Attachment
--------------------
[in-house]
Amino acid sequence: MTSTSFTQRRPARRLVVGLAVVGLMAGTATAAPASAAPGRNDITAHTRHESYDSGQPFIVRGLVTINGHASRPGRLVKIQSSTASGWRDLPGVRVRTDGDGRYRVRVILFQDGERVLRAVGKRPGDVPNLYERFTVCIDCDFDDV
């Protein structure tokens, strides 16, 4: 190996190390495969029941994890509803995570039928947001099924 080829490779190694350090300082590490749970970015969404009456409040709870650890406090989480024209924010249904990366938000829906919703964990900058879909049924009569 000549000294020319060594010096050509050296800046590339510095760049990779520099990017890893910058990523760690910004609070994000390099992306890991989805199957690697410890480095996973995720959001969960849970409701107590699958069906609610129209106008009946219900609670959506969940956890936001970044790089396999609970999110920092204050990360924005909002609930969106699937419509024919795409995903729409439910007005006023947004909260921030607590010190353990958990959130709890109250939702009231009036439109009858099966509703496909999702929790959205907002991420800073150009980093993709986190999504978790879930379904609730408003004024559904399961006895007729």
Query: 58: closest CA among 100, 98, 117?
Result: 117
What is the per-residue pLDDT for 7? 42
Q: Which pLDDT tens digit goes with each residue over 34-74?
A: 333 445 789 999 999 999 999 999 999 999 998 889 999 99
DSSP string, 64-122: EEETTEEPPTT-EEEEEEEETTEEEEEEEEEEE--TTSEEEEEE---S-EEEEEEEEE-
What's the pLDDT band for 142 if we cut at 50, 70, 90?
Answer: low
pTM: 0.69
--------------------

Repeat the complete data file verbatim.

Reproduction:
[in-house]
Amino acid sequence: MTSTSFTQRRPARRLVVGLAVVGLMAGTATAAPASAAPGRNDITAHTRHESYDSGQPFIVRGLVTINGHASRPGRLVKIQSSTASGWRDLPGVRVRTDGDGRYRVRVILFQDGERVLRAVGKRPGDVPNLYERFTVCIDCDFDDV
């Protein structure tokens, strides 16, 4: 190996190390495969029941994890509803995570039928947001099924 080829490779190694350090300082590490749970970015969404009456409040709870650890406090989480024209924010249904990366938000829906919703964990900058879909049924009569 000549000294020319060594010096050509050296800046590339510095760049990779520099990017890893910058990523760690910004609070994000390099992306890991989805199957690697410890480095996973995720959001969960849970409701107590699958069906609610129209106008009946219900609670959506969940956890936001970044790089396999609970999110920092204050990360924005909002609930969106699937419509024919795409995903729409439910007005006023947004909260921030607590010190353990958990959130709890109250939702009231009036439109009858099966509703496909999702929790959205907002991420800073150009980093993709986190999504978790879930379904609730408003004024559904399961006895007729």
Query: 58: closest CA among 100, 98, 117?
Result: 117
What is the per-residue pLDDT for 7? 42
Q: Which pLDDT tens digit goes with each residue over 34-74?
A: 333 445 789 999 999 999 999 999 999 999 998 889 999 99
DSSP string, 64-122: EEETTEEPPTT-EEEEEEEETTEEEEEEEEEEE--TTSEEEEEE---S-EEEEEEEEE-
What's the pLDDT band for 142 if we cut at 50, 70, 90?
Answer: low
pTM: 0.69